Microsoft rolled out Patch Tuesday updates for the month of July with fixes for a total of 117 vulnerabilities, including nine zero-day bugs, four of which are intended to be actively attacked in the wild, allowing an adversary to take control of affected systems.
Of the 117 problems, 13 are rated as critical, 103 as important and one as moderate, with six of these errors being publicly known at the time of publication.
The updates span several Microsoft products including Windows, Bing, Dynamics, Exchange Server, Office, Scripting Engine, Windows DNS and Visual Studio Code. July also marked a dramatic increase in the number of vulnerabilities, surpassing the number that Microsoft has collectively fixed as part of its updates Can (55) and June (50).
The main vulnerabilities that are actively exploited are the following:
- CVE-2021-34527 (CVSS score: 8.8) – Remote Code Execution Vulnerability in Windows Print Spooler (public as “Print Nightmare“)
- CVE-2021-31979 (CVSS Score: 7.8) – Windows Kernel Elevation of Privilege Vulnerability
- CVE-2021-33771 (CVSS Score: 7.8) – Windows Kernel Elevation of Privilege Vulnerability
- CVE-2021-34448 (CVSS score: 6.8) – Scripting engine memory corruption vulnerability
Microsoft also emphasized the high attack complexity of CVE-2021-34448, specifically stating that the attacks depend on the ability to trick an unsuspecting user into clicking a link leading to a malicious website hosted by the adversary and a specially crafted file contains contains that was developed to trigger the vulnerability.
The other five publicly disclosed but unexploited zero-day vulnerabilities are listed below:
- CVE-2021-34473 (CVSS score: 9.1) – Remote Code Execution Vulnerability in Microsoft Exchange Server
- CVE-2021-34523 (CVSS score: 9.0) – Elevation of Privilege Vulnerability in Microsoft Exchange Server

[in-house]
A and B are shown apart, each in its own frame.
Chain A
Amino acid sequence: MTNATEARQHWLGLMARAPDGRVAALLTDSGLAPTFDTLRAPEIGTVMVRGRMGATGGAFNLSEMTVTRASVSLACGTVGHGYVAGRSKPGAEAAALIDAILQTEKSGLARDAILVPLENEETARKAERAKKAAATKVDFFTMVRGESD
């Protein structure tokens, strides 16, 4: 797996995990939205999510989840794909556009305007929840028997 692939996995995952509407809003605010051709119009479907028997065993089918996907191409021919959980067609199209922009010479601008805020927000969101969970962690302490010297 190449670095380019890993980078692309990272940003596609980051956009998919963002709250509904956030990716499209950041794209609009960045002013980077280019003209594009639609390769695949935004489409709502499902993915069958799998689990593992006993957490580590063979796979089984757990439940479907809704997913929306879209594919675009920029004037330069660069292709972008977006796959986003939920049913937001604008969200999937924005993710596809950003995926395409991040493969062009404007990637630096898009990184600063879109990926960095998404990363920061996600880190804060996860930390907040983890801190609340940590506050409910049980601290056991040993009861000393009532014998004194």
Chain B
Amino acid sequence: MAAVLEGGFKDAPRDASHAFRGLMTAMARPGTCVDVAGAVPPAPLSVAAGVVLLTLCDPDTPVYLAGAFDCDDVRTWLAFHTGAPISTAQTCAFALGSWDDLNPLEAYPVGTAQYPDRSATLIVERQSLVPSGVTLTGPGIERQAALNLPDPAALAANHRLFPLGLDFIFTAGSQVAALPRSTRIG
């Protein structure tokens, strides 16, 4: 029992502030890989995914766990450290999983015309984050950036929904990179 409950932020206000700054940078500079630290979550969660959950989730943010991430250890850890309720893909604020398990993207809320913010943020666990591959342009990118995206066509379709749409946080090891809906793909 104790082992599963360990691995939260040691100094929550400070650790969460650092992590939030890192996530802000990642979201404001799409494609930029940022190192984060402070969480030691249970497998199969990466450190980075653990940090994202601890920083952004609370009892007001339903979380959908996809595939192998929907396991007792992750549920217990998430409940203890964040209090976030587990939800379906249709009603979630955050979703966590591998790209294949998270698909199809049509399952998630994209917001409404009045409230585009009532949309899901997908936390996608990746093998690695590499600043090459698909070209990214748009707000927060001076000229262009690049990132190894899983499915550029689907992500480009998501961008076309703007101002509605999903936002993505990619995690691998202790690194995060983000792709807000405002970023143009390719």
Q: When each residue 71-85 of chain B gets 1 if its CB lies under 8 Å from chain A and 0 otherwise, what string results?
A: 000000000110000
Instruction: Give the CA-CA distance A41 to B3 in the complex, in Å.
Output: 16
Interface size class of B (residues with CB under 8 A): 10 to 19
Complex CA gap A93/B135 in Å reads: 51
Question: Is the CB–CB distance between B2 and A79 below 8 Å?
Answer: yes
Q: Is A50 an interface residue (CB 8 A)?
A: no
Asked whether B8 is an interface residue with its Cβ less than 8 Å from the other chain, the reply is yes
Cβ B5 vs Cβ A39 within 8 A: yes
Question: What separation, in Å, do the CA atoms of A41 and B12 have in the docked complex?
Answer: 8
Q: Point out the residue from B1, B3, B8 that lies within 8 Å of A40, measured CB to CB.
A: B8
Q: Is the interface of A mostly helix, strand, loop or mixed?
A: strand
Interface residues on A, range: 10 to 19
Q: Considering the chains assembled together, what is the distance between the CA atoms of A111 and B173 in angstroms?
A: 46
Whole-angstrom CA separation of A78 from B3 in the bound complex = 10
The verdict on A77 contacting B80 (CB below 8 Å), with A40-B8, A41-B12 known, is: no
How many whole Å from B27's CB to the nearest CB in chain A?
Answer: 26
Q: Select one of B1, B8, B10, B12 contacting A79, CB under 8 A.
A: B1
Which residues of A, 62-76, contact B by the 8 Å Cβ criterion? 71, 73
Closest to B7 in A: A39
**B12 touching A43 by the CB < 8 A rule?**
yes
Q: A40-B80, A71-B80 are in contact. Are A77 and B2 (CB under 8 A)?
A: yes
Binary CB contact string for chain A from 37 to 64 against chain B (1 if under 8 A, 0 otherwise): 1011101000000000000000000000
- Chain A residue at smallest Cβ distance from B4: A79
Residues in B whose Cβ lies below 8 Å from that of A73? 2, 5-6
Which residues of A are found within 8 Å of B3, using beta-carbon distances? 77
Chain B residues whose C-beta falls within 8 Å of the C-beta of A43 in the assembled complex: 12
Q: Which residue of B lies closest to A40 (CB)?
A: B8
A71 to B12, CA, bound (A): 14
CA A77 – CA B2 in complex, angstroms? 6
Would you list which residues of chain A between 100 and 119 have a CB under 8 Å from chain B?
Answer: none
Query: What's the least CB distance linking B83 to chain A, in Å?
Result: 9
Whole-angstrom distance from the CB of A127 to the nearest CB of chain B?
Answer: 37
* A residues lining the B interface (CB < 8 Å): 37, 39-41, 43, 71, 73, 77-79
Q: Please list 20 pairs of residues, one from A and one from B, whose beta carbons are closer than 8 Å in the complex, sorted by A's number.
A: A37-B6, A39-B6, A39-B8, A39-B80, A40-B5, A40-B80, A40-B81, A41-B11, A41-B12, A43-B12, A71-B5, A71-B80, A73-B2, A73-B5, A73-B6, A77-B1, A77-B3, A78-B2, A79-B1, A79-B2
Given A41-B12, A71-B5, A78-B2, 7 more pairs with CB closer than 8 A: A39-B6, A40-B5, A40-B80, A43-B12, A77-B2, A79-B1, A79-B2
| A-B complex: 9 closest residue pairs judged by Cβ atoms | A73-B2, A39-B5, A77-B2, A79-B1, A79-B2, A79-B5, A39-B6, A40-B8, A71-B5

- CVE-2021-33781 (CVSS score: 8.1) – Bypass Active Directory Security Feature Vulnerability
- CVE-2021-33779 (CVSS score: 8.1) – Windows ADFS security bypass vulnerability
- CVE-2021-34492 (CVSS score: 8.1) – Windows Certificate Spoofing Vulnerability
“This Patch Tuesday comes just days after out-of-band updates were released to address PrintNightmare – the critical bug in the Windows print spooler service found in all versions of Windows,” said Bharat Jogi, senior Vulnerability and threat research manager at Qualys, told The Hacker News.
“Although MSFT has released updates to address the vulnerability, users still need to ensure that the required configurations are set up correctly. Systems with misconfigurations will continue to be exploited even after the latest patch has been installed. PrintNightmare was an extremely serious problem that underscores the importance of combining detection and remedial action, “added Jogi.
The PrintNightmare vulnerability also prompted the US Cybersecurity and Infrastructure Security Agency (CISA) to release an emergency directive, urging federal departments and agencies to apply the latest security updates immediately and to disable the print spooler service on servers running Microsoft Active Directory domain controllers.
Additionally, Microsoft has addressed a security bypass vulnerability in the Windows Hello biometric authentication solution (CVE-2021-34466, CVSS Score: 5.7), which could allow an opponent to fake a target’s face and bypass the login screen.
Other critical bugs addressed by Microsoft include remote code execution vulnerabilities affecting Windows DNS Server (CVE-2021-34494, CVSS score 8.8) and Windows Kernel (CVE-2021-34458), the latter is rated 9.9 on the CVSS Severity Scale.
“This issue allows a single root input / output virtualization device (SR-IOV) assigned to a guest to potentially interfere with its Peripheral Component Interface Express (PCIe) siblings that are connected to other guests or the root” , noted Microsoft in its recommendation for CVE-2021-34458, adding Windows instances hosting virtual machines is prone to this bug.
To install the latest security updates, Windows users can go to Start> Settings> Update & Security> Windows Update or select Check for Windows Updates.
Third-party software patches
In addition to Microsoft, a number of other vendors have also released patches to fix several vulnerabilities, including –